Fishing: A Dangerous Sport?

According to the National Eye Institute, sports and recreational-related eye injuries result in an estimated 100,000 physician visits costing over $175 per year in the U.S. alone. The Coalition to Prevent Sports Eye Injuries says that the following sports are considered a high-to-moderate risk of eye injury: basketball, baseball, softball, lacrosse, tennis, soccer, volleyball, water polo, football, air rifle, BB gun, paintball, boxing, martial arts, cricket, squash, racquetball, fencing, badminton, golf and fishing.

Edge Dakura Ballistic Polarized Safety Glasses with Copper Lens

Edge Dakura Ballistic Polarized Safety Glasses with Copper Lens

Fishing, really? Yep! In fact, injuries from fishing make up over 9% of all sports-related injuries. Of that 9%, a hook in the eye accounts for 38% of injuries and a sinker or body of a lure striking the eye causes 44%. (The majority of the remaining 18% come largely in the form of overuse injuries.) While the reason remains unclear, eye injuries from fishing have surpassed those from basketball as the No. 1 sports-related eye injury, according to Backcountry.com and the U.S. Eye Injury Registry.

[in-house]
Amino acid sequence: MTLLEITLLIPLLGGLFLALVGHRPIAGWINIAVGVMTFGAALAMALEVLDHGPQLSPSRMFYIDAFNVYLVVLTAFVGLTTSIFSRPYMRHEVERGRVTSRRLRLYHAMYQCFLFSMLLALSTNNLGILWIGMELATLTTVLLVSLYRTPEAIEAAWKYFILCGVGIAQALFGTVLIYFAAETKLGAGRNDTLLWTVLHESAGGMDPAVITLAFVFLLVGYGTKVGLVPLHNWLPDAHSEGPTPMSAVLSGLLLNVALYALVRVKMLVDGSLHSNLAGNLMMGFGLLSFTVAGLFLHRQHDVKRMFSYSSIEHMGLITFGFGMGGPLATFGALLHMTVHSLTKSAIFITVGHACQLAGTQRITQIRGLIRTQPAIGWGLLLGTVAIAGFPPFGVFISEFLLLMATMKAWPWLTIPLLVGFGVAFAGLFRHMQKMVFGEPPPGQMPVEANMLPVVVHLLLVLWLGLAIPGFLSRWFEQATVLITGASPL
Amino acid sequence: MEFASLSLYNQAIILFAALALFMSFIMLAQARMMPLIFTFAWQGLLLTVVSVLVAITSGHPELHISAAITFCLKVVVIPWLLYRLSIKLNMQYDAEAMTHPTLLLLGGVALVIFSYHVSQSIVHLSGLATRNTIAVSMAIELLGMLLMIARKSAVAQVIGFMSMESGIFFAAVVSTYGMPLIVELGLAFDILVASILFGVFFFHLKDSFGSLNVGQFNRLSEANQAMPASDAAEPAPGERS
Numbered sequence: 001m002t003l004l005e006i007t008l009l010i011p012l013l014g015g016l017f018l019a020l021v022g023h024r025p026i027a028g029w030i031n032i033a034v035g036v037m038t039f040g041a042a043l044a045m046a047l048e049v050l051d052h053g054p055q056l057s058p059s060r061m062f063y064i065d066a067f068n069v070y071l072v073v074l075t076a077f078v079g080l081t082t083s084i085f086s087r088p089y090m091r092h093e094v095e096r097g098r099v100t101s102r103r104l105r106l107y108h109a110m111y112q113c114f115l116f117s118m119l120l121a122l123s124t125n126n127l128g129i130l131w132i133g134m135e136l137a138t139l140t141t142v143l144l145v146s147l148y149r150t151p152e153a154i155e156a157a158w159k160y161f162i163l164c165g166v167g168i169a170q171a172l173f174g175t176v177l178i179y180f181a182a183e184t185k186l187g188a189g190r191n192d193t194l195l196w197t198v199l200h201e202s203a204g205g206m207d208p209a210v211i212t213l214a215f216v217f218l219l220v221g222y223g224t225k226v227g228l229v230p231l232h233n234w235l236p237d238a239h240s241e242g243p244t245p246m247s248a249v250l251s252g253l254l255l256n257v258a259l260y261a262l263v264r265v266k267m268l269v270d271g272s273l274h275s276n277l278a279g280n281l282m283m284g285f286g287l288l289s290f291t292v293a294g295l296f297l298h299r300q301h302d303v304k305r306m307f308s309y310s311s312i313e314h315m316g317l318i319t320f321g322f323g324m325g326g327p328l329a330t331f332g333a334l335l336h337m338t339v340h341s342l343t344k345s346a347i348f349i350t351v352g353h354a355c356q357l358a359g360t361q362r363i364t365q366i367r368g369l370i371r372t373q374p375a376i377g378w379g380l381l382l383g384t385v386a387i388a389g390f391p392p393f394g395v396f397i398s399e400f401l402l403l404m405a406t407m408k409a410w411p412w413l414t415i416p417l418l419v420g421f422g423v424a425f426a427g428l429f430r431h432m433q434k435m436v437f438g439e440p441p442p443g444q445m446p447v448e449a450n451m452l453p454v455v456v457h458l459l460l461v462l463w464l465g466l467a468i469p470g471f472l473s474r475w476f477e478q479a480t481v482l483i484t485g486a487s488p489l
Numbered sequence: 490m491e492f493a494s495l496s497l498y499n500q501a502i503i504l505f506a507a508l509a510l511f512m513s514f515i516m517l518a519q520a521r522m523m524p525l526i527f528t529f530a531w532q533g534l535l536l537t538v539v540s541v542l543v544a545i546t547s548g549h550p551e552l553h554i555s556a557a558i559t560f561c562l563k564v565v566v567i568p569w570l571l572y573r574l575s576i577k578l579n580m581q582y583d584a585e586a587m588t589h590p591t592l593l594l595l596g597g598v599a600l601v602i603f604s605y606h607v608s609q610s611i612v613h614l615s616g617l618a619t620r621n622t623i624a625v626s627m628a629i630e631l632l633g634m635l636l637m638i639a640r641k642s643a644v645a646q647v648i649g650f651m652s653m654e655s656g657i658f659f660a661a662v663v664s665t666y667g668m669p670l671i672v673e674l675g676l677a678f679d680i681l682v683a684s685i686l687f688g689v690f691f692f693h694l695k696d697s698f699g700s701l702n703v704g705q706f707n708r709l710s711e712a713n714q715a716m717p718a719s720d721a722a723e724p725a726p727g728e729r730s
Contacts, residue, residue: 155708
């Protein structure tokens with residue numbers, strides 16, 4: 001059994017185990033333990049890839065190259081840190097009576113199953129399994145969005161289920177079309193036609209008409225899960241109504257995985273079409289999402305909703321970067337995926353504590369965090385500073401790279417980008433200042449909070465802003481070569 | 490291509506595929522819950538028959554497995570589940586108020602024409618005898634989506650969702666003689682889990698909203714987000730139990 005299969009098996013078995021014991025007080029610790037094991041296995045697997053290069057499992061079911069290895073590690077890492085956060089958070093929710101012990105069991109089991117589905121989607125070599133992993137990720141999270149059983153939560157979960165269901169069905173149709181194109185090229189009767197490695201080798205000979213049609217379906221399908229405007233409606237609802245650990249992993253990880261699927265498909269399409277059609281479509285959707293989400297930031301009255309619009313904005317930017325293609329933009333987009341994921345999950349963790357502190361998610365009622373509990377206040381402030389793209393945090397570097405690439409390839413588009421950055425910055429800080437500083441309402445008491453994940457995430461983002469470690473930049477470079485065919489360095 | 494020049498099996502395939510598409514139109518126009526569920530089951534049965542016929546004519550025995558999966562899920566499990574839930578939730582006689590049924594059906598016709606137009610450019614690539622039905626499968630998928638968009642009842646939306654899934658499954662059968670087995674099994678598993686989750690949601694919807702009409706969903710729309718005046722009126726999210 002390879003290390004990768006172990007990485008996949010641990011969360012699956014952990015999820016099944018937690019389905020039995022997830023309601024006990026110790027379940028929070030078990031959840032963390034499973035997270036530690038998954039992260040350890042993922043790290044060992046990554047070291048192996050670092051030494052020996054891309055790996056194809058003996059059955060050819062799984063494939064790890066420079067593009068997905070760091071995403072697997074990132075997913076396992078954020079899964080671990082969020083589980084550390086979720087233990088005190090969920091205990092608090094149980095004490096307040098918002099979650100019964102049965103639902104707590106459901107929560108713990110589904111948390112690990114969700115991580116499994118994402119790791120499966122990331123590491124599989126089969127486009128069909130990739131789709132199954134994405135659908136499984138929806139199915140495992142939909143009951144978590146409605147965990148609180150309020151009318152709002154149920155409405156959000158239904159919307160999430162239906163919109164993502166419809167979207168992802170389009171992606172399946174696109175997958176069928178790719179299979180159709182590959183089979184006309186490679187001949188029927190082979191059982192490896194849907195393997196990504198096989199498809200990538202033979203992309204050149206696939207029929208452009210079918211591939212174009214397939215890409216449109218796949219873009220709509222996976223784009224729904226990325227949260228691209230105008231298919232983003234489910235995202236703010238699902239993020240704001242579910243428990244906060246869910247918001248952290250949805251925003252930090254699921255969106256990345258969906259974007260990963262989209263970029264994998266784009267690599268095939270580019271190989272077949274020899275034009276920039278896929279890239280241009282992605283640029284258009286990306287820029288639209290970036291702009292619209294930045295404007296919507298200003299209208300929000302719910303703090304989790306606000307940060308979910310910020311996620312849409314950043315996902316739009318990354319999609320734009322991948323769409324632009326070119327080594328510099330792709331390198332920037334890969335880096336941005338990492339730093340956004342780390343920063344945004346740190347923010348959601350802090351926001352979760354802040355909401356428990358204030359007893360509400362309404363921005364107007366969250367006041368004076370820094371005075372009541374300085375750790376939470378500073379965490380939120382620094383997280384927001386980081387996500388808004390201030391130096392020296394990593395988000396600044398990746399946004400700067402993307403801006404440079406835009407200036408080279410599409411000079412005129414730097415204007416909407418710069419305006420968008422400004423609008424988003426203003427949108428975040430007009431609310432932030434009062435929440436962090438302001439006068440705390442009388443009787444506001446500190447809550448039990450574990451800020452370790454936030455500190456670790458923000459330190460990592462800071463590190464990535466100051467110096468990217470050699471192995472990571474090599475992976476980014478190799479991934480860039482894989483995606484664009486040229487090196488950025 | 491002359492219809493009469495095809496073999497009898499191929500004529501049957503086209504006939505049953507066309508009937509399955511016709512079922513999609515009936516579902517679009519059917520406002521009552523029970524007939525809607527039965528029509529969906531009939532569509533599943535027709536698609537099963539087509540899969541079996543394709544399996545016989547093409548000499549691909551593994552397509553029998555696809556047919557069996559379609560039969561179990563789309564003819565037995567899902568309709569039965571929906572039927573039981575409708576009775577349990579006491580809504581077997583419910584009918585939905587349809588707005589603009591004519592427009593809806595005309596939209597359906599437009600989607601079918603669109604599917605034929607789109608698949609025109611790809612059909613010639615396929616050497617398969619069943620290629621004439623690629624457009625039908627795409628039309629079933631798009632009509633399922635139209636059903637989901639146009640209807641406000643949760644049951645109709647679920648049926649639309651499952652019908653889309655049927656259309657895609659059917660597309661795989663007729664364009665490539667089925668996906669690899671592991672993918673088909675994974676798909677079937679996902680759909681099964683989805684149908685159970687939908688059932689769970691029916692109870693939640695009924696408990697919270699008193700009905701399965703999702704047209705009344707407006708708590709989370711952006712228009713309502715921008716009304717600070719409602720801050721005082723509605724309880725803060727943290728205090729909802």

Dr. Tom Parr corroborates this fact by noting that fishing has in fact become the most common cause of sports-related eye injuries seen in America’s emergency rooms. Dr. Parr further notes that According to the American Optometric Association (AOA), wearing regular sunglasses or prescription eyeglasses fails to provide enough eye protection to protect the eye from the impact of a flying fishing lure.

So how can these injuries be prevented? By wearing eyewear that is impact resistant. Models such as the following not only provide the ultimate in protection against flying hooks and sinkers but also protect eyes against 99% of harmful rays from the sun. These models have polycarbonate lenses and a wraparound style that provide full, impact-resistant protection.

In addition to protecting serious eye injury while fishing and providing protection against the sun’s harmful rays, polarized fishing sunglasses can also enhance visibility in all lighting conditions. For the numerous benefits they can provide, every angler should get Hooked on Polarized Fishing Sunglasses.